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Ask An Astrophysicist

The universe is being pushed apart at a faster and faster rate. And the culprit? Dark energy. Astrophysicist Adam Riess shared the 2011 Nobel Prize in Physics for that discovery, and now's your chance to ask him about it--or anything else you've been wondering about the cosmos.
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Why Science Is A Non-Issue In The Election...Again

In the face of a massive drought and climbing sea levels are the presidential candidates going to talk about climate change? Why is science always at the bottom of the list of campaign issues that resonate with the public? Ira Flatow and guests discuss what scientists can do to shape the national dialogue in an election year.
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Sally Ride, Pioneer

Almost 30 years ago, Sally Ride broke the NASA gender barrier and became America's first female astronaut. While aboard the Challenger shuttle Ride used a robotic arm she helped design, to deploy and receive a satellite. She died Monday of pancreatic cancer, at age 61.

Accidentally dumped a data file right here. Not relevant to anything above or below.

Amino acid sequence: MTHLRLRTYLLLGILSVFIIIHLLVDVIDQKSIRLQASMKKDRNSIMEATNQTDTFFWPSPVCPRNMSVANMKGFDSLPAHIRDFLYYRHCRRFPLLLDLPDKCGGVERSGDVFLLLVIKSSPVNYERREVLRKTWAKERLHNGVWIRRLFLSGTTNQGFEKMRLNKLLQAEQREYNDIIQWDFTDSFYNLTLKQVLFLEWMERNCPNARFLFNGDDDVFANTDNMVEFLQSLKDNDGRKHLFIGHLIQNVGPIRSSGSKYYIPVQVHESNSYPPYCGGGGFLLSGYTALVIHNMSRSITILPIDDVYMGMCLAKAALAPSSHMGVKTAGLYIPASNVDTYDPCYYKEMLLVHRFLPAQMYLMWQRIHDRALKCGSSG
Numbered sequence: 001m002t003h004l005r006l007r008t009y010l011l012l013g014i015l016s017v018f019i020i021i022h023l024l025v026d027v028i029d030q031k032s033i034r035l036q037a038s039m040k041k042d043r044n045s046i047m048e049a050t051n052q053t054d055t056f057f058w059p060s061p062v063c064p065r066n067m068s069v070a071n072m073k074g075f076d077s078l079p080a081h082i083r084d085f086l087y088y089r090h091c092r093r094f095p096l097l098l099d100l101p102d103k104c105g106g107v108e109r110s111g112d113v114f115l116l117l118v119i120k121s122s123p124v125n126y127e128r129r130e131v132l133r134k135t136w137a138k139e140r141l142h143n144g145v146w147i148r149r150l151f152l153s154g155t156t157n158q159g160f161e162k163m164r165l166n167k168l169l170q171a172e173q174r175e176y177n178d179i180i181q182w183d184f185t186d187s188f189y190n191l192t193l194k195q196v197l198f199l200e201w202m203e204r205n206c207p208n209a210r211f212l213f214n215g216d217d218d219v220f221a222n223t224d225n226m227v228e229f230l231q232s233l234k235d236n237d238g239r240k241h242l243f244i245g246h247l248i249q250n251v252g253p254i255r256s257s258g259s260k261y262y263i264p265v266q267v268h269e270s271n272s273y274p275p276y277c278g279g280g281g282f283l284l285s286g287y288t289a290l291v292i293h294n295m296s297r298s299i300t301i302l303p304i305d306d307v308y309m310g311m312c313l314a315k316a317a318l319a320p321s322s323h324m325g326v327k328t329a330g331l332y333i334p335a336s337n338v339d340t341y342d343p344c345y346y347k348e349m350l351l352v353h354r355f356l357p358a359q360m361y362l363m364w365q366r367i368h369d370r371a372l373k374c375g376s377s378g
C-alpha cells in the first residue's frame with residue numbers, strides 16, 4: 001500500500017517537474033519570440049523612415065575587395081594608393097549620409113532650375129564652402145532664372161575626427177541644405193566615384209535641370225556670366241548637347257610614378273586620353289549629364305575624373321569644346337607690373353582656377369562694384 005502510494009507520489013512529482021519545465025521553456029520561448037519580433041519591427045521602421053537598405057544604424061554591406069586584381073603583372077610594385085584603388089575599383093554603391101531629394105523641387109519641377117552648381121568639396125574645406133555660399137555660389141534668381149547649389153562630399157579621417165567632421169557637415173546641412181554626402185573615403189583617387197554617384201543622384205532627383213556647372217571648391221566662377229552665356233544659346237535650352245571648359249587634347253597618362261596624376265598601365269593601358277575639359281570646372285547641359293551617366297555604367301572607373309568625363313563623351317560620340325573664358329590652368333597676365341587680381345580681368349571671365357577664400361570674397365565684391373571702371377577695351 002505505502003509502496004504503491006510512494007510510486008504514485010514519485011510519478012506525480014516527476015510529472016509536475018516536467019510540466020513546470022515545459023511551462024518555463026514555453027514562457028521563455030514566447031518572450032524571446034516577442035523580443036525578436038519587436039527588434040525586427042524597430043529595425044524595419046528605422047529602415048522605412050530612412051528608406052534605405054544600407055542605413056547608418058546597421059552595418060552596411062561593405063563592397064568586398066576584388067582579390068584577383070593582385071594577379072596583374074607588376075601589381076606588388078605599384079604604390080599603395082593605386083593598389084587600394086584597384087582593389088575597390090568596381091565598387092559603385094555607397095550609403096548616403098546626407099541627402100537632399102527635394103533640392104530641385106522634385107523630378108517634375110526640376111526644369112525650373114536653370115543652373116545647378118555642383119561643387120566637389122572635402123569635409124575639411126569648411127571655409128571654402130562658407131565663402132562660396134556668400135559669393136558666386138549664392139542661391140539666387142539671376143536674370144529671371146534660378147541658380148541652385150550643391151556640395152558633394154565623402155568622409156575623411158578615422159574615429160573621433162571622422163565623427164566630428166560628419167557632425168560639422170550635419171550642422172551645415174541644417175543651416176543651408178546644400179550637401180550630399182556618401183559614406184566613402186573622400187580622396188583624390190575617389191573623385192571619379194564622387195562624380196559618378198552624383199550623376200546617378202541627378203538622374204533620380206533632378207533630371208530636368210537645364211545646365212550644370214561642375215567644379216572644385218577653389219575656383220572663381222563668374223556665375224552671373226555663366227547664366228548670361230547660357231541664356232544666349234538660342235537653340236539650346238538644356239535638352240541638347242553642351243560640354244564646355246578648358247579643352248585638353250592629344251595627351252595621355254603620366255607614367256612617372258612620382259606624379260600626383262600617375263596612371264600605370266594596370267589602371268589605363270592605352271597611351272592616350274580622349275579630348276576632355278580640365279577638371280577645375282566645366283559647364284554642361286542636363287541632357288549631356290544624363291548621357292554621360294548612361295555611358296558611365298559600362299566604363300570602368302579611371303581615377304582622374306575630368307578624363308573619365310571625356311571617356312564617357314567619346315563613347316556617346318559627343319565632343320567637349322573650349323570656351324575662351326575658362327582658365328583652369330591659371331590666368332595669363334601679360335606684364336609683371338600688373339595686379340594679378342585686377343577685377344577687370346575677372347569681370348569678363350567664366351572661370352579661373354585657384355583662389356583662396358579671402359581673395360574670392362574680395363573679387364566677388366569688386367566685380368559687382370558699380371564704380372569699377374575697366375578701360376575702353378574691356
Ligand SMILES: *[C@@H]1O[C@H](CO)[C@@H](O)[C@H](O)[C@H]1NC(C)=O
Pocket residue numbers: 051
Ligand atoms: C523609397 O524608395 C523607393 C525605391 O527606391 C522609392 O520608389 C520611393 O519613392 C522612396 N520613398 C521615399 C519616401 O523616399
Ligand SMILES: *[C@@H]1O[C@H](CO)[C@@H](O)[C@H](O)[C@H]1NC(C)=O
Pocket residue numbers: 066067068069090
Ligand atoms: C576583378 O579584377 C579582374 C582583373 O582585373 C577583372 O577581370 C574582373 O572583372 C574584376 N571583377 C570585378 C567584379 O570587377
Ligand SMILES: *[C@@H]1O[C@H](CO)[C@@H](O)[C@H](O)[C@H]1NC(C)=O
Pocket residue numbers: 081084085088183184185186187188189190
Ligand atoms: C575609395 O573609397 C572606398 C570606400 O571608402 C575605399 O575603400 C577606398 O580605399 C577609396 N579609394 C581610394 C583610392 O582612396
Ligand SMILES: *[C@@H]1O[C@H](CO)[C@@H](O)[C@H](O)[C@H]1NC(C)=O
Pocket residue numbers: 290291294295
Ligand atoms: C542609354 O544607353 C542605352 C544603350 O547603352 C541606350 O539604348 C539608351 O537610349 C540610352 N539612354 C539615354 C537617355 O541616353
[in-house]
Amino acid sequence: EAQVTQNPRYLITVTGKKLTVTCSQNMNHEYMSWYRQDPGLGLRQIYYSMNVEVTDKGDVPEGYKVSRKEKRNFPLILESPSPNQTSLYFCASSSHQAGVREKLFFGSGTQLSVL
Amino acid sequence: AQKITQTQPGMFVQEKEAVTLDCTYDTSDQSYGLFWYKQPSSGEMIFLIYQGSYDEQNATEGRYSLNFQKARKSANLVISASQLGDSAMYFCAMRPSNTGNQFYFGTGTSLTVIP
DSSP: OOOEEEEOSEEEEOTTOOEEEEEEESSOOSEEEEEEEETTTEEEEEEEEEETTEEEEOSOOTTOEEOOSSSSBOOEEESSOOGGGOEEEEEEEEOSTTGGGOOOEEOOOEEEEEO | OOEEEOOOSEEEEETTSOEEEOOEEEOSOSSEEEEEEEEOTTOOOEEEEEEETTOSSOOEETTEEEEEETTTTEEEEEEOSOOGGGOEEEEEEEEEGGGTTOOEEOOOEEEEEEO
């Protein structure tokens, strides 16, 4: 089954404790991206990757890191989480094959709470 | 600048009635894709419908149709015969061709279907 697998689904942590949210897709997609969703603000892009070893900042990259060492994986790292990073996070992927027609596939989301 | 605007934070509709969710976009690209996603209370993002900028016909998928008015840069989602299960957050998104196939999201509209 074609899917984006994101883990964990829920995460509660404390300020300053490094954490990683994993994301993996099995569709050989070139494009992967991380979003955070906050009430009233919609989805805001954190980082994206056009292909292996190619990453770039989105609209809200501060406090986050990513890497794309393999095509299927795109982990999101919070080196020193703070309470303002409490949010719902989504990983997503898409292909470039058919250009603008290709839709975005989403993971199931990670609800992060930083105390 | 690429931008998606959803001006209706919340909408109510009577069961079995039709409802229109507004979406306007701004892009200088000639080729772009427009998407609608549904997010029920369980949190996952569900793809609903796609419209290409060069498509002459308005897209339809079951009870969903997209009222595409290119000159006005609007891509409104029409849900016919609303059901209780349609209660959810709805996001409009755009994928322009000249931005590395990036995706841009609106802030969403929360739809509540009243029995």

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"Resilience" Looks At How Things Bounce Back

In their new book, Resilience, Andrew Zolli and Ann Marie Healy examine how institutions and people respond to disruptions. By studying how systems--from coral reefs to Lehman Brothers--respond to change, Zolli argues that we can be better prepared for unexpected events.
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Building Organs, On One Microchip At A Time

Bioengineers are developing microchips, about the size of a thumb, that can behave like human organs. Donald Ingber, director of the Wyss Institute for Biologically Inspired Engineering, discusses how the "organ-on-a-chip" works and why the technology could replace the animal model for drug testing.
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Whooping Cough, Swine Flu And Back-To-School Vaccines

The U.S. is headed for the worst whooping cough outbreak in half a century. Maryland recently reported several cases of swine flu, and reports of West Nile virus are back. What you need to know to protect yourself.

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Two More Nearing AIDS 'Cure' After Bone Marrow Transplants, Doctors Say

The two patients in Boston seem to be free of HIV after the treatment for cancer, Harvard researchers say. But they're still on antiviral drugs, unlike the so-called Berlin patient, who's the only person in the world who's been fully cured.

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